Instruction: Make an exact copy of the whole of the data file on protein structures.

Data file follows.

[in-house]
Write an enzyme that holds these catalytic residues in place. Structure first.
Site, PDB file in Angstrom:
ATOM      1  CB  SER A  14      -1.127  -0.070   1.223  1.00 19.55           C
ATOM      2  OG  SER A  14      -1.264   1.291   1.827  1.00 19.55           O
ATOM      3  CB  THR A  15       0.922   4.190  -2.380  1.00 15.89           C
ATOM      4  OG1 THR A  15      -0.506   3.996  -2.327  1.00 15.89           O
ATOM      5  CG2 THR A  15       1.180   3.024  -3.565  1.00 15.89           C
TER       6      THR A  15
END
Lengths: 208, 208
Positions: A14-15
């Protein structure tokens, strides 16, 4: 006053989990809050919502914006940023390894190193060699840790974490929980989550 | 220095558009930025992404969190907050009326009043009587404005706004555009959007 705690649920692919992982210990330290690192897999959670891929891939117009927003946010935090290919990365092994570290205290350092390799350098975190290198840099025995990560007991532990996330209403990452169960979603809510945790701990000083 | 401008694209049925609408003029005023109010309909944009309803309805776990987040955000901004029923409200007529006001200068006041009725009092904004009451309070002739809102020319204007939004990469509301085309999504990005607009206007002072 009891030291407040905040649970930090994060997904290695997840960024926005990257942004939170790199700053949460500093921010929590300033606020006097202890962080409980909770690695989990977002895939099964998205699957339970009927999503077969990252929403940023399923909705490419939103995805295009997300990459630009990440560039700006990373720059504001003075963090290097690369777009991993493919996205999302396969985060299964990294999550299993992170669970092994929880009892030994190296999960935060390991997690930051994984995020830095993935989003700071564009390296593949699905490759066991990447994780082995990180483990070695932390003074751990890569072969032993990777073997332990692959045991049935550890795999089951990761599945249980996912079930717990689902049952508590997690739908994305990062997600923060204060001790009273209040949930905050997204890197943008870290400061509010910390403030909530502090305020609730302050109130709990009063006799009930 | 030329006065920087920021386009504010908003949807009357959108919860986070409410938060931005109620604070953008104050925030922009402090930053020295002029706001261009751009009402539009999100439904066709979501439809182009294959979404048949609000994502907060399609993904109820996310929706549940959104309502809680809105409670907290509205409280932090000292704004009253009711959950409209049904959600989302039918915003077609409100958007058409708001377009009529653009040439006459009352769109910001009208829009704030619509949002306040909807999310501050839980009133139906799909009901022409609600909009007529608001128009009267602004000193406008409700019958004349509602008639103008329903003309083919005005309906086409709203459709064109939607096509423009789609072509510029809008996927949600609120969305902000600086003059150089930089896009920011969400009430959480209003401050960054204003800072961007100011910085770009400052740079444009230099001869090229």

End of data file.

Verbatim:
[in-house]
Write an enzyme that holds these catalytic residues in place. Structure first.
Site, PDB file in Angstrom:
ATOM      1  CB  SER A  14      -1.127  -0.070   1.223  1.00 19.55           C
ATOM      2  OG  SER A  14      -1.264   1.291   1.827  1.00 19.55           O
ATOM      3  CB  THR A  15       0.922   4.190  -2.380  1.00 15.89           C
ATOM      4  OG1 THR A  15      -0.506   3.996  -2.327  1.00 15.89           O
ATOM      5  CG2 THR A  15       1.180   3.024  -3.565  1.00 15.89           C
TER       6      THR A  15
END
Lengths: 208, 208
Positions: A14-15
């Protein structure tokens, strides 16, 4: 006053989990809050919502914006940023390894190193060699840790974490929980989550 | 220095558009930025992404969190907050009326009043009587404005706004555009959007 705690649920692919992982210990330290690192897999959670891929891939117009927003946010935090290919990365092994570290205290350092390799350098975190290198840099025995990560007991532990996330209403990452169960979603809510945790701990000083 | 401008694209049925609408003029005023109010309909944009309803309805776990987040955000901004029923409200007529006001200068006041009725009092904004009451309070002739809102020319204007939004990469509301085309999504990005607009206007002072 009891030291407040905040649970930090994060997904290695997840960024926005990257942004939170790199700053949460500093921010929590300033606020006097202890962080409980909770690695989990977002895939099964998205699957339970009927999503077969990252929403940023399923909705490419939103995805295009997300990459630009990440560039700006990373720059504001003075963090290097690369777009991993493919996205999302396969985060299964990294999550299993992170669970092994929880009892030994190296999960935060390991997690930051994984995020830095993935989003700071564009390296593949699905490759066991990447994780082995990180483990070695932390003074751990890569072969032993990777073997332990692959045991049935550890795999089951990761599945249980996912079930717990689902049952508590997690739908994305990062997600923060204060001790009273209040949930905050997204890197943008870290400061509010910390403030909530502090305020609730302050109130709990009063006799009930 | 030329006065920087920021386009504010908003949807009357959108919860986070409410938060931005109620604070953008104050925030922009402090930053020295002029706001261009751009009402539009999100439904066709979501439809182009294959979404048949609000994502907060399609993904109820996310929706549940959104309502809680809105409670907290509205409280932090000292704004009253009711959950409209049904959600989302039918915003077609409100958007058409708001377009009529653009040439006459009352769109910001009208829009704030619509949002306040909807999310501050839980009133139906799909009901022409609600909009007529608001128009009267602004000193406008409700019958004349509602008639103008329903003309083919005005309906086409709203459709064109939607096509423009789609072509510029809008996927949600609120969305902000600086003059150089930089896009920011969400009430959480209003401050960054204003800072961007100011910085770009400052740079444009230099001869090229």